West Virginia Strawberry Festival Association President Shane Jenkins addresses the Consolidated Public Works about closing down Main Street for parts of the festival, citing tradition.

Strawberry Festival Board requests Main Street closure for parts of festival

BUCKHANNON – The West Virginia Strawberry Festival Association Board asked the Consolidated Public Works Board for permission to close East Main Street for certain parts of the 79th annual Strawberry Festival, which is still currently scheduled for May 8-16, 2021.

During a previous meeting, the two boards decided to utilize Jawbone park for the 2021 festival by having the vendors and entertainment in the park.

Then, during this week’s Jan. 28 Consolidated Board meeting, Gary Connell, first vice president with the West Virginia Strawberry Festival Board, confirmed they are ready to utilize Jawbone Park. However, Connell and Shane Jenkins, president of the WVSF Board, said they would still like to close East Main Street for certain events.

“I included pretty much just line for line what we’ve always requested in the past,” Jenkins said. “[It’s just] some of the changes were that a lot of the things that were normally on Spring Street, and in that lot, will be brought over to Jawbone, of course,” Jenkins said. “Along with that, just another one of our biggest topics has been the use of East Main Street, where we normally have it completely closed down.”

Jenkins said he recently learned city officials are reluctant to close down Main Street.

“It came up that may not be a possibility after a conversation with Mayor Skinner, what we wanted to do moving forward, and after much discussion, we decided that we would like to still like to [request to] close East Main Street at this time,” Jenkins said.

Jenkins said the board is requesting that the street be closed when it would during a typical, non-pandemic festival week: on Wednesday night for the car show, Friday night for the street parties, and Saturday night for the street parties after the parade.

Mayor Robbie Skinner said he felt the central idea behind moving the Spring Street entertainers and food vendors to Jawbone was to have a hub of entertainment at the park, rather than spreading it around.

“The idea was to try to concentrate all of the entertainment into Jawbone Park, and that way we benefit the vendors and the carnival,” Skinner said. “We’re not trying to spread entertainment all over the downtown area where it may not be necessary to do so.”

City Recorder Randy Sanders asked if the board was aware of the upgrades the city has made to the park.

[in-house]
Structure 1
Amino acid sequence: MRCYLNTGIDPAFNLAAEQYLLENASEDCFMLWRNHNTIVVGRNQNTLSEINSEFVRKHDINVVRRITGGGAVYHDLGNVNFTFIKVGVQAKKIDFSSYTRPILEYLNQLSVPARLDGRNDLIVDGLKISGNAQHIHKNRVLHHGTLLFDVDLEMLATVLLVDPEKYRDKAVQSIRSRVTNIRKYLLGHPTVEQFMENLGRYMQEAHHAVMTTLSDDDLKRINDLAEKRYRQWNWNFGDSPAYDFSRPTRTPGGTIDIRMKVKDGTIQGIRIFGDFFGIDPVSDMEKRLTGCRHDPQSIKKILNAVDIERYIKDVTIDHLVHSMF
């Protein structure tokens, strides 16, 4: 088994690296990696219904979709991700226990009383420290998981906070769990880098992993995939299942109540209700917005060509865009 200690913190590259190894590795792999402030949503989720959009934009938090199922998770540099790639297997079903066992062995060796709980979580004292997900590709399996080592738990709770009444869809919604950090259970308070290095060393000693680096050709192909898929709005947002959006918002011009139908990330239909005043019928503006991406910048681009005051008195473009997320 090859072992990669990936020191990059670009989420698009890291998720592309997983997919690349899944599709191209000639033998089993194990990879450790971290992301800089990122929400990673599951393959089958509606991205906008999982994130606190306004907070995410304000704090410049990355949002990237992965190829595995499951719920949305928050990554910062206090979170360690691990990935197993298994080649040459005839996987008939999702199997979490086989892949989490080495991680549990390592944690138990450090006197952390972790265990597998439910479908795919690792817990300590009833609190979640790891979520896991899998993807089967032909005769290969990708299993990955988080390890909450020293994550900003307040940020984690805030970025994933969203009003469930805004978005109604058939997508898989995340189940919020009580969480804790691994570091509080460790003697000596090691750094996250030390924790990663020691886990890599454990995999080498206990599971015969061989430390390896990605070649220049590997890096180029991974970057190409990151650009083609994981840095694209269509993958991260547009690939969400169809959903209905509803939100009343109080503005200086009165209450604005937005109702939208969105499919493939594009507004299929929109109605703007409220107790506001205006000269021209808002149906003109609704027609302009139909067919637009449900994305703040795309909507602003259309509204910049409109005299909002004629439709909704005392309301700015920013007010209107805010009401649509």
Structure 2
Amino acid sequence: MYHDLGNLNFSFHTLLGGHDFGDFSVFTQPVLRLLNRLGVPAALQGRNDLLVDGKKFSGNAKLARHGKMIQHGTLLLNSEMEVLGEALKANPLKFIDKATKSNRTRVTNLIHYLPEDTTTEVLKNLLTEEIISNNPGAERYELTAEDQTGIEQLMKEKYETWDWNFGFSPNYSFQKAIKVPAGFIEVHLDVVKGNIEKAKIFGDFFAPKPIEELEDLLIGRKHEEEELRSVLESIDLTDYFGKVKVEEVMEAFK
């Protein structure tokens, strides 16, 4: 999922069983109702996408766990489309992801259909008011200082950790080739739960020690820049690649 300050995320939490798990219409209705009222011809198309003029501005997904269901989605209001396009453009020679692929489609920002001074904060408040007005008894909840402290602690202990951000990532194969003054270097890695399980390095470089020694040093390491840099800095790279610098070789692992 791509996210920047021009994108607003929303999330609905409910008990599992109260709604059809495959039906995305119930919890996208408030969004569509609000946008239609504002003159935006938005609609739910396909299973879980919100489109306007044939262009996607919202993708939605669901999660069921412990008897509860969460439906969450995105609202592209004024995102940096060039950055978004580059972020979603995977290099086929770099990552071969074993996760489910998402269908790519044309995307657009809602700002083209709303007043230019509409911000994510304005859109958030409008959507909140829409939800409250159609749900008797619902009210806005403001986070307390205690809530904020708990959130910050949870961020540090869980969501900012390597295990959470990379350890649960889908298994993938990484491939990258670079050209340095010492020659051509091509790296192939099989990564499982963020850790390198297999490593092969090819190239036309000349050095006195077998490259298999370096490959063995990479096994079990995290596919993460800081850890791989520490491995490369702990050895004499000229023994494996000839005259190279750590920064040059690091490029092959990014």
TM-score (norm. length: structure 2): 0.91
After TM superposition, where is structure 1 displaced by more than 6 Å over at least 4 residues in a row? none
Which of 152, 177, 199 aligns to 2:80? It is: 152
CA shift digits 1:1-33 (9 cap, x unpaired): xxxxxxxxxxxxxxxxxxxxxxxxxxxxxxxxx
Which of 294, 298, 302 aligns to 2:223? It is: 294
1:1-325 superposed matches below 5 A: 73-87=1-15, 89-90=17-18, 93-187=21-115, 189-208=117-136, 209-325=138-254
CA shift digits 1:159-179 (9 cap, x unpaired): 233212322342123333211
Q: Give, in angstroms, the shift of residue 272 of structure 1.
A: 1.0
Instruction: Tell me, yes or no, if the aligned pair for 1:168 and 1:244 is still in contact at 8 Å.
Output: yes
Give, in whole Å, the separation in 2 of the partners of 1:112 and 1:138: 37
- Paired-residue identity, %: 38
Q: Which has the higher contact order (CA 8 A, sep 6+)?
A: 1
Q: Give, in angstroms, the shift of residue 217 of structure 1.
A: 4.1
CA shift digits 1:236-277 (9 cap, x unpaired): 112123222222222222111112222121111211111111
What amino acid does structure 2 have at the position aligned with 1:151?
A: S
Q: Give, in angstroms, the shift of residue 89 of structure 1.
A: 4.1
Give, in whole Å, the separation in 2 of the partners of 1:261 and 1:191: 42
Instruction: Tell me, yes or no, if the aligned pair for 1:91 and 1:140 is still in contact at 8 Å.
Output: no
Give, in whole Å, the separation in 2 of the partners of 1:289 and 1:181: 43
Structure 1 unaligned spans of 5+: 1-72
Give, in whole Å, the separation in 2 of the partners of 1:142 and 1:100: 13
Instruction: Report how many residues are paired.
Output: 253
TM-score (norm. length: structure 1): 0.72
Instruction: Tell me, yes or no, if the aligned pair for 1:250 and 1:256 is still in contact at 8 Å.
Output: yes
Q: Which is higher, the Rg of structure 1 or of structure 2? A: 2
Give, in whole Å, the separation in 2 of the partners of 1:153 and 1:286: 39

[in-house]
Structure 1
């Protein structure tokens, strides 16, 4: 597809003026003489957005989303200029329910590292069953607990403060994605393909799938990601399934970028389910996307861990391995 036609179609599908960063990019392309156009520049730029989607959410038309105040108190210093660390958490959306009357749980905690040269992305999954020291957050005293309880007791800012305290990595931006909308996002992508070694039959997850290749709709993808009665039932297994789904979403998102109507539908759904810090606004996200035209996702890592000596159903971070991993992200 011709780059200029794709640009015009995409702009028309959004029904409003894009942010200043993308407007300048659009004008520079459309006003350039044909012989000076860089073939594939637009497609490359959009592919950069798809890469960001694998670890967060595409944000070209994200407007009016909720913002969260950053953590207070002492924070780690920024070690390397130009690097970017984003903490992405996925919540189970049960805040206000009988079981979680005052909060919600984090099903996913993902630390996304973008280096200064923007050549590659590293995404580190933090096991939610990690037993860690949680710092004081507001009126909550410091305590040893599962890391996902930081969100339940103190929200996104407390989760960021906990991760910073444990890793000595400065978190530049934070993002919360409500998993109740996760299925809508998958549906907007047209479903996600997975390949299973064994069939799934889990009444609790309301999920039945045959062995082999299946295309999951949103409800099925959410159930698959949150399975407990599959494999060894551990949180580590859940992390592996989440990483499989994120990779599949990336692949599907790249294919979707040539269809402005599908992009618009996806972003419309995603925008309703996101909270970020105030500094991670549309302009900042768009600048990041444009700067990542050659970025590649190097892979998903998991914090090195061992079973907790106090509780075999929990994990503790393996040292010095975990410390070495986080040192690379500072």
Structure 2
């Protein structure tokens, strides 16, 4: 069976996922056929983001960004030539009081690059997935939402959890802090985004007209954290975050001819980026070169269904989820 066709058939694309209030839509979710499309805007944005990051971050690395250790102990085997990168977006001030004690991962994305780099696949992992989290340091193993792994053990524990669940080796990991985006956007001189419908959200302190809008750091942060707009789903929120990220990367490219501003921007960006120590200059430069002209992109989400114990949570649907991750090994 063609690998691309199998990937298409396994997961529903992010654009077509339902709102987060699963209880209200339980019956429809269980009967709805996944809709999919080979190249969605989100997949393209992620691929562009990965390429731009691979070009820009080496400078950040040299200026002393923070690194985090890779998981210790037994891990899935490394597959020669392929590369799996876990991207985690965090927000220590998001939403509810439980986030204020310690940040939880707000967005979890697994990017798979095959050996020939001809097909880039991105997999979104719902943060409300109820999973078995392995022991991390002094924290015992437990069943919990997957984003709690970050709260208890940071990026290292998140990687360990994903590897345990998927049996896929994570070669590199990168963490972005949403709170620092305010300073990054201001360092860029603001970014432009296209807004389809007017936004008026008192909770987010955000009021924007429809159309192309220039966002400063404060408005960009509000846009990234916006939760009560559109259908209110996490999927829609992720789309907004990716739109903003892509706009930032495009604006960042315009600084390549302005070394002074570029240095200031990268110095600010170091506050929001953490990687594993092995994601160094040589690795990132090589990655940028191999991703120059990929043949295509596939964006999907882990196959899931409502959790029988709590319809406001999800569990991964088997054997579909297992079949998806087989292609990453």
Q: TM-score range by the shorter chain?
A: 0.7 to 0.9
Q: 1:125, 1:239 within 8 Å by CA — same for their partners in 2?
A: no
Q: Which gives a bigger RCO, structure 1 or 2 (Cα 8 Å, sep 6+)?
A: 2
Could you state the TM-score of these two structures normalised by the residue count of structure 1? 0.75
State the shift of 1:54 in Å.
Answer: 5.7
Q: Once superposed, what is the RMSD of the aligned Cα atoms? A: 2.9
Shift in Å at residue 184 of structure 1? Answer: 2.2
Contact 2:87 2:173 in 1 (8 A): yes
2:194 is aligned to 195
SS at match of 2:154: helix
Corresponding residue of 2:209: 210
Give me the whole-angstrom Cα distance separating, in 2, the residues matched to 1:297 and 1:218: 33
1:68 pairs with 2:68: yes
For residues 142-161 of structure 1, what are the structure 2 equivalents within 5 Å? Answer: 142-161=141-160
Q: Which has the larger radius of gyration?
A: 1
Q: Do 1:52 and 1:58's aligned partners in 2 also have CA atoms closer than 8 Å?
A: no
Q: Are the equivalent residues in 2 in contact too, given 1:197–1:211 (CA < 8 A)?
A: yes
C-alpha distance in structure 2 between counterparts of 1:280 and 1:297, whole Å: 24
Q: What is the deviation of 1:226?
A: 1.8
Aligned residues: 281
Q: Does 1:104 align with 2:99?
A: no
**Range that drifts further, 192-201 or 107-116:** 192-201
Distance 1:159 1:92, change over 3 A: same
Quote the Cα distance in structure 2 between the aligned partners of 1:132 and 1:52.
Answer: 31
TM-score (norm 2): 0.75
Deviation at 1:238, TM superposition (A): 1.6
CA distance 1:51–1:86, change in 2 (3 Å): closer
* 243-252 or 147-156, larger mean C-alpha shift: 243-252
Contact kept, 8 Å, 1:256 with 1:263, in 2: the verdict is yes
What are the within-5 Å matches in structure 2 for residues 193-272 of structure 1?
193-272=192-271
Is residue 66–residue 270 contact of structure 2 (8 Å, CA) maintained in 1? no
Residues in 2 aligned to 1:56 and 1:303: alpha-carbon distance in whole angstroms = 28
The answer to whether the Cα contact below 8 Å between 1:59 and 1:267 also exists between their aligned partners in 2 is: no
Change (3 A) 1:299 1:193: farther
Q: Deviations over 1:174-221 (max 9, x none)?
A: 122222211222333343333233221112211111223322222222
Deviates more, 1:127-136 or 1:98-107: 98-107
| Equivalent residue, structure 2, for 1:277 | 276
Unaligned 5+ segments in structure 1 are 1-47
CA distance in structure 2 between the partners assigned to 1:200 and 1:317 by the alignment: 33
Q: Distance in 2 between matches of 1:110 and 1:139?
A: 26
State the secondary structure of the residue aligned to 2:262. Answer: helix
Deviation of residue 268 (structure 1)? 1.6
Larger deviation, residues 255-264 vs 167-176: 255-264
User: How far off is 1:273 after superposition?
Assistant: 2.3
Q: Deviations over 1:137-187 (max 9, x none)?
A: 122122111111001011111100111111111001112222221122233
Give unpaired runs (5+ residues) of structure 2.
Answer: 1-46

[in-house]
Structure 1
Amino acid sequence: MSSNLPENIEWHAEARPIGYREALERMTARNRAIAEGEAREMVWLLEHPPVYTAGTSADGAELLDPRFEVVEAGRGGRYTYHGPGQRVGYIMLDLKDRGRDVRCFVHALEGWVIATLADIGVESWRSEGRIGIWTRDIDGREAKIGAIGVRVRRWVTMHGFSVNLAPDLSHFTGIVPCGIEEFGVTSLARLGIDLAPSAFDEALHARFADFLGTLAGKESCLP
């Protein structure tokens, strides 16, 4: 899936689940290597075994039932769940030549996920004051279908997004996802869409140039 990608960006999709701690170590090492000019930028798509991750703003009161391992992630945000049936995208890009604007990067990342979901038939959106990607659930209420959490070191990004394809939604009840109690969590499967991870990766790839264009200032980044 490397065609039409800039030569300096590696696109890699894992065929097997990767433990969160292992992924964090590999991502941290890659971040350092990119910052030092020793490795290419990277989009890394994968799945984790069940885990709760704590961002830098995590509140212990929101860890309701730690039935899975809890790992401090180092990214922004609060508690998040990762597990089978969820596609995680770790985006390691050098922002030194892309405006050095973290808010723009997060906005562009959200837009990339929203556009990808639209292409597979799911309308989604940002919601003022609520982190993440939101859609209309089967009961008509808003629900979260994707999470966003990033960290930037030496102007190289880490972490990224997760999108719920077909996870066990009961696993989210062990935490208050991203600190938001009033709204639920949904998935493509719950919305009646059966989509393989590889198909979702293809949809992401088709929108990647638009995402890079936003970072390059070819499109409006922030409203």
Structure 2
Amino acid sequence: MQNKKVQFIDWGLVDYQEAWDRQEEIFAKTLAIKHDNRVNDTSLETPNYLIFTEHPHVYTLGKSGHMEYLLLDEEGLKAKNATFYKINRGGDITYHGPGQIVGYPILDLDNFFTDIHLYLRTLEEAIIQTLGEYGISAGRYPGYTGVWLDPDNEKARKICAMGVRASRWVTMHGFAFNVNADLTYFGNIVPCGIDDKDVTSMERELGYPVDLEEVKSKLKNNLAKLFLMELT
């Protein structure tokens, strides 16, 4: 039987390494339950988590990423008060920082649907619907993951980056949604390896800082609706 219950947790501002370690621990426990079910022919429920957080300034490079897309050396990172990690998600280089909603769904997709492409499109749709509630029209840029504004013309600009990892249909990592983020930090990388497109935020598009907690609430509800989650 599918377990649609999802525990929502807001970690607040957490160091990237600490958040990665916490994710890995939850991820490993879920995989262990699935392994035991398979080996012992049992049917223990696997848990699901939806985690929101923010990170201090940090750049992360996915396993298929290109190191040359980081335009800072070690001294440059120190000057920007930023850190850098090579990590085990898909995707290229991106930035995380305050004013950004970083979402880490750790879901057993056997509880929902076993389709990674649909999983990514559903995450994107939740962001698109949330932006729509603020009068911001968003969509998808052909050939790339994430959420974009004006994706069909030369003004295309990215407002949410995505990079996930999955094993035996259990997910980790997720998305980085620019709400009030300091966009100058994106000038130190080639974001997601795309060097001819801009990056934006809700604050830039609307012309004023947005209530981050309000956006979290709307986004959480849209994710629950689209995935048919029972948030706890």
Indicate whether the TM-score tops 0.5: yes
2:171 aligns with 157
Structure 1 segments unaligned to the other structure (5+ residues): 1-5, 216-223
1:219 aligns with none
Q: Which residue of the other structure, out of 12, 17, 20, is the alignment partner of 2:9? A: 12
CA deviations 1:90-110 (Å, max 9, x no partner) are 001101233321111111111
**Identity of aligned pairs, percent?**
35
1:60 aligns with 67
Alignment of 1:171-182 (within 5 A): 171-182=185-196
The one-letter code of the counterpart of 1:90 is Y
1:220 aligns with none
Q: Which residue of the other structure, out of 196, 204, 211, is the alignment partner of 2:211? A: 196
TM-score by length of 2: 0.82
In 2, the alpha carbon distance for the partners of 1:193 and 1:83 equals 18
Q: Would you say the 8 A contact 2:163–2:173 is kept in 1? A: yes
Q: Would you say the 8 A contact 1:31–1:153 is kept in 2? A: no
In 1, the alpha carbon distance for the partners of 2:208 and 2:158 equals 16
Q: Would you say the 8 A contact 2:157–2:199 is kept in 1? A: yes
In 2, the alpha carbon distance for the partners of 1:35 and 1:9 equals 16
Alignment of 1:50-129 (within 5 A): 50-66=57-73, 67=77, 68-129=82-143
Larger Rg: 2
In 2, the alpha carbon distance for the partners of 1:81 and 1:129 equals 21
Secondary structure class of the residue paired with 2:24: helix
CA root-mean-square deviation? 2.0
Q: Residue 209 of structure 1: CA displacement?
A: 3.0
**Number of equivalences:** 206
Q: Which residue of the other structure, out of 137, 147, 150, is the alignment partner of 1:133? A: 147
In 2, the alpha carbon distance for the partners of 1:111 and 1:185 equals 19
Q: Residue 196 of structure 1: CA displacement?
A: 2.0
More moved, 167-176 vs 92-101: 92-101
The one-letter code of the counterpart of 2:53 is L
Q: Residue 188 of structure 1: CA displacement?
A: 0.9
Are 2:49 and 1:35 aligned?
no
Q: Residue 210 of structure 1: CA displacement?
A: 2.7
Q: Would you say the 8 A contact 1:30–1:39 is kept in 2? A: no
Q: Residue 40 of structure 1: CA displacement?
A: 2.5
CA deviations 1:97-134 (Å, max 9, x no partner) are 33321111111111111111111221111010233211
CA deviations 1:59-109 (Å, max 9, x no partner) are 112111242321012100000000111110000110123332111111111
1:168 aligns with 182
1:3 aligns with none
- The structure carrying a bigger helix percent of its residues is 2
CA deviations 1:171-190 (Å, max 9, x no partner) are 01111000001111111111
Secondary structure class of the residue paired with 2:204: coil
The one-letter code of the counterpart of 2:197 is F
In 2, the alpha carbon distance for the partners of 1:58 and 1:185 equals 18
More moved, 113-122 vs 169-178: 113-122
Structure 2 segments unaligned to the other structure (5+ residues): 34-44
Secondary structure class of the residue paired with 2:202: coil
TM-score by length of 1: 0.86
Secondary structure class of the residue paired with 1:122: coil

“We had briefly talked about that and one of the biggest issues we were seeing, and I think one of the biggest motivating factors to close the street, was basically the competition of noise down there because of the carnival rides and things that have sound,” Jenkins said. “We don’t want our bands competing with that because the only way we could see having a band there was on one of the corners, and the way we saw it, it would be projecting into those same areas.”

Consolidated Board member and city councilman CJ Rylands said they have had bands in the park before and they may need to cooperate with the festival.

“For years, I’ve been talking to Gary about getting the food and the entertainment at Jawbone because it didn’t make sense to have them so far apart,” Rylands said. “Every year I go to the food vendors, but I don’t go to the carnival, but if they were together, I’d be going to both of them.”

Connell said he thinks there is a certain sentimentality to having the street closed because that is how it has always been.

“As far as moving to vendors, that’s going to benefit us totally,” Connell said. “As far as closing Main Street, there’s a lot of sentimental [value] to that, and a whole lot of people have been doing it for 29 years, and change is a very hard thing.”

Skinner said if the festival board was going to make a big change, the 2021 event would be the time to do it, since it will most likely have to different anyway because of COVID-19.

“This will probably be the smallest festival we have had in a long time, maybe ever since the very beginning of it,” Skinner said. “I think the conversation has also been that of all the years to try something different, this is it –to see if it’s something else might work a little bit better, or if it doesn’t work and we go back to the drawing board.”

Skinner said the two boards will need to discuss the matter further, and the Consolidated Public Works Board will have a decision by their next meeting in February.

“Consolidated meets once a month, so we’ll have another meeting at the end of February, the fourth week, and I think at that point, we should be able to have a decision,” Skinner said. “Then, it’ll be referred to the next city council meeting which will be the fourth of March, and that’ll be it.”

The two boards are hopeful the festival will happen in some form.

“I’m on the board of West Virginia Association of Fairs and Festivals, and it’s pretty evident that we’re going to have to have at least a 50 percent vaccination rate,” Connell said. “Again, I can’t officially say that, but that’s what I’ve been told – that there’s going to have to be at least a 50 percent vaccination rate before we can even think about having an event like that.”

The Consolidated Public Works Board will make a recommendation to Buckhannon City Council about closing or not closing down Main Street, and council will have the final word.

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